What the Mind Wants Most is Communion Not Explanation

what-the-mind-wants-most-is-communion-not-explanation-unfortunately-communion-rarely-happens-in-a-culture-that-feels-compelled-to-explain-and-defend-almost-everything-particularly-our-fai

2017 has started with some unexpected trials. Two of For the Love of Missions’ Board members have loved lost ones in the first 5 days of the year. Loss often causes us to reflect on love, family and faith. It has also caused us to reflect on our work in Guatemala and whatever difficult places God calls us into. Experiencing our own pain and entering into pain with others is contrary to much of mainstream North American Christian culture, who seek to explain and move past rather than experience together. Joel Van Dyke and Kris Rocke write, “What the mind wants most is communion, not explanation. Unfortunately, communion rarely happens in a culture that feels compelled to explain and defend almost everything, particularly our faith. It is interesting that Jesus rarely explained anything.”[1]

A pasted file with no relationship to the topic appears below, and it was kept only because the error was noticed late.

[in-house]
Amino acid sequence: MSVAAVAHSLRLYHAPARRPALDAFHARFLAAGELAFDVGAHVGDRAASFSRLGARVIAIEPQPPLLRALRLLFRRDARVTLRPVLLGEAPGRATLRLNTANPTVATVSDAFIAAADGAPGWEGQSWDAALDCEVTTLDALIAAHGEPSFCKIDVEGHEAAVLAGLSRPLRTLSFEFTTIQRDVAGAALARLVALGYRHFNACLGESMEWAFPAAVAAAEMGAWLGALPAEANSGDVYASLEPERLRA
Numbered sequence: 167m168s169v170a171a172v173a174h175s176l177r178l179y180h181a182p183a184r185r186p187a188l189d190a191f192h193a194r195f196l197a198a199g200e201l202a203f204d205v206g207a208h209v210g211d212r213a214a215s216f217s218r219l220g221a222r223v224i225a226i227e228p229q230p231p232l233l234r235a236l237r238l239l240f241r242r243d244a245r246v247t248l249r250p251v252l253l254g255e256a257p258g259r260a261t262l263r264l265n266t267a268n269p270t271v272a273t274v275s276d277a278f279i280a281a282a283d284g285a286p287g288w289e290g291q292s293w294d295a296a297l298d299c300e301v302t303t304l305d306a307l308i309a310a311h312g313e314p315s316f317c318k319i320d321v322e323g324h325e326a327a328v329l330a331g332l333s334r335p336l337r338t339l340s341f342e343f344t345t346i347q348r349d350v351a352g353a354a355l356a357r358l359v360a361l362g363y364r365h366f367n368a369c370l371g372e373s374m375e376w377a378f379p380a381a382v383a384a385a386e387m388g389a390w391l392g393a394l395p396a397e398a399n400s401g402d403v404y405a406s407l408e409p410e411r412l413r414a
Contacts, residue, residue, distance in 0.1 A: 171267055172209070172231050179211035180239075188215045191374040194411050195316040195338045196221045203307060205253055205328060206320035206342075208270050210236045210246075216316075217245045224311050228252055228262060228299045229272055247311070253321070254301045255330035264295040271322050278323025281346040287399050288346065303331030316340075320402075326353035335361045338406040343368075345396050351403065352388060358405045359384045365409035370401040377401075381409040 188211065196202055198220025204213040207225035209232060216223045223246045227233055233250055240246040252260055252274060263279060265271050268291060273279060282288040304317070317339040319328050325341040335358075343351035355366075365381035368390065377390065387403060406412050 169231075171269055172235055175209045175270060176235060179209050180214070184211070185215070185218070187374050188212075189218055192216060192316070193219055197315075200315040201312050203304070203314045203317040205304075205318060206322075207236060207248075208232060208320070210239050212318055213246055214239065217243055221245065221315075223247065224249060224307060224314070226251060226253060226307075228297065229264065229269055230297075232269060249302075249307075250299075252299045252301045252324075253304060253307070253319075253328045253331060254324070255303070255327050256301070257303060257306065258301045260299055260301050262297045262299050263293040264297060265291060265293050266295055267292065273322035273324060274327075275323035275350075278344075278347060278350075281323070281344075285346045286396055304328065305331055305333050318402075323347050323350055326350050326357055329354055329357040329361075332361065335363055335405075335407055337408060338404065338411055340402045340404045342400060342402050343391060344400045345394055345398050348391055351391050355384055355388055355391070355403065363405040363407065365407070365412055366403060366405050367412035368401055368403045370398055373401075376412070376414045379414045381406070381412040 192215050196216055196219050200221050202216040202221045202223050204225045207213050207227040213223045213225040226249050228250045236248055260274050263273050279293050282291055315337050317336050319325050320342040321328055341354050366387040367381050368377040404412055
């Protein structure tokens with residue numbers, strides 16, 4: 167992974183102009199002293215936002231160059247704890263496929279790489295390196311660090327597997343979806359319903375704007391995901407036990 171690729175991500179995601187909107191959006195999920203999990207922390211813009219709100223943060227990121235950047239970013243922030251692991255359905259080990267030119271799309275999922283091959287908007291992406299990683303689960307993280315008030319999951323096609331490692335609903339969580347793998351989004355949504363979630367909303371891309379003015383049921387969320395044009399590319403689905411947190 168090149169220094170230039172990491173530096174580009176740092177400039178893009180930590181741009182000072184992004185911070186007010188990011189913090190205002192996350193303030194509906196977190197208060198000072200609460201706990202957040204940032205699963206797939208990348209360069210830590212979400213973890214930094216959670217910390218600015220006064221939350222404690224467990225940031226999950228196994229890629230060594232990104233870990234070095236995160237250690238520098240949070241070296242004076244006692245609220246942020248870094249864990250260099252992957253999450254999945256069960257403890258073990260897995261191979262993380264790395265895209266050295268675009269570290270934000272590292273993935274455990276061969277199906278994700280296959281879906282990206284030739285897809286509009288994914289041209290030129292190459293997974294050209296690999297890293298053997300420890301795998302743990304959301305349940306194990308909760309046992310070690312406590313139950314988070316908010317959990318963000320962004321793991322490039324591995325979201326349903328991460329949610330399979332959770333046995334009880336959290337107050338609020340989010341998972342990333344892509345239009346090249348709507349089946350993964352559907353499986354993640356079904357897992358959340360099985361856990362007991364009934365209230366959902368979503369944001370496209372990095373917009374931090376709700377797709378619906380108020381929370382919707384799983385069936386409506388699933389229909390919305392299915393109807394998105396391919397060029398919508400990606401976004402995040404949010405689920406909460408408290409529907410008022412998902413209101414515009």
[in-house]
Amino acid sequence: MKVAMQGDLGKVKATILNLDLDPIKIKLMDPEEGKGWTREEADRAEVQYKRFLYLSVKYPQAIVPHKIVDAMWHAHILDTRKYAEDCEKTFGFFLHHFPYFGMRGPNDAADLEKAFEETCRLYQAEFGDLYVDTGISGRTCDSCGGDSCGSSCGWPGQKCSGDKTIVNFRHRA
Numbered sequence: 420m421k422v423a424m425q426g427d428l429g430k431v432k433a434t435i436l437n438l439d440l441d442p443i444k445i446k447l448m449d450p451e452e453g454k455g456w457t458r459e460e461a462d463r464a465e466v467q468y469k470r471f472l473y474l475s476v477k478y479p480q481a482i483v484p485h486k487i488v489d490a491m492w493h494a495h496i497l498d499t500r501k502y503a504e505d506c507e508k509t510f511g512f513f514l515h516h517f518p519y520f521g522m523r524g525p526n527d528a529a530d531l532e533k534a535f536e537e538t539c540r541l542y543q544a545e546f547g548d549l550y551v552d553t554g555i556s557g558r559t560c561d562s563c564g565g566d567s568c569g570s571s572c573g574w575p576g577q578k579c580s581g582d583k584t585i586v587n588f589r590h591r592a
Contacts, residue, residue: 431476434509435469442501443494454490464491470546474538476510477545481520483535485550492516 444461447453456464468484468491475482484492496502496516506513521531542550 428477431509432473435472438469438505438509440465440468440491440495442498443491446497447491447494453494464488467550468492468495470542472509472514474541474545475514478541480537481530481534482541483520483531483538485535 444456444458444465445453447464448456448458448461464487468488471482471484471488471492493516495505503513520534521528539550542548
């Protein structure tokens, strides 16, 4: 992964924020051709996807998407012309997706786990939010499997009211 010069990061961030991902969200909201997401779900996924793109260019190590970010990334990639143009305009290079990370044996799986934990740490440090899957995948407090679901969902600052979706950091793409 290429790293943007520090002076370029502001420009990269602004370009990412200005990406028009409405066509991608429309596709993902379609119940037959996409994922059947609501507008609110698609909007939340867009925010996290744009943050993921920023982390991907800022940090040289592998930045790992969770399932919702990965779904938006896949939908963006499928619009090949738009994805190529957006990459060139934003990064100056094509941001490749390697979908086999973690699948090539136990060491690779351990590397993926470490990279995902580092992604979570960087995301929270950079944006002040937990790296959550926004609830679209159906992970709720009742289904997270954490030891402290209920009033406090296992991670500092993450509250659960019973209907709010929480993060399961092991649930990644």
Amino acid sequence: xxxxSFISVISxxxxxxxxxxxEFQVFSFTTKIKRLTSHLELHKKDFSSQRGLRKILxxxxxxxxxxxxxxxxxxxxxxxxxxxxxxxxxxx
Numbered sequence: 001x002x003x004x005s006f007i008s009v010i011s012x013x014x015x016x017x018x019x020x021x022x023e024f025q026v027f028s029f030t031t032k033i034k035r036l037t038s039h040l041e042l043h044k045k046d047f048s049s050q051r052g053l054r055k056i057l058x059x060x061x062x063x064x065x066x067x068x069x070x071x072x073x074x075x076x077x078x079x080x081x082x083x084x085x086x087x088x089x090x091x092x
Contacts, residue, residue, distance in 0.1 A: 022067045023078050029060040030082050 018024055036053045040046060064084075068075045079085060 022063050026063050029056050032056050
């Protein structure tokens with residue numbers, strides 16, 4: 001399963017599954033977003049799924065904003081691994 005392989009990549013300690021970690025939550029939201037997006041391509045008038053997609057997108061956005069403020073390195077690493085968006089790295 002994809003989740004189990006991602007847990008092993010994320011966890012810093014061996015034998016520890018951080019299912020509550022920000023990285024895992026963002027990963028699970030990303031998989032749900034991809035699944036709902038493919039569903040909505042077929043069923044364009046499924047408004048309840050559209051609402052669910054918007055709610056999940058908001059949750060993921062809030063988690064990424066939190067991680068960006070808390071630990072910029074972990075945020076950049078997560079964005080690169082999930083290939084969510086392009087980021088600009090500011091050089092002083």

The mentors in the Zone 3 garbage dump community have also expressed this challenge. As they walk in relationships with families in the mentoring program, they walk with them through very difficult situations, and they are learning that while our human nature wants to provide a solution, often the family simply wants connection in the dark times. This is true in suburban Atlanta, rural upstate New York as well as urban Guatemala. So as 2017 picks up steam, we at For the Love of Missions challenge you to come out of a comfort zone of wanting to solve a problem and into the unknown of presence with the hurting wherever God has placed you.

[1] Rocke, K. and J. Van Dyke. Geography of Grace. Kindle location 434

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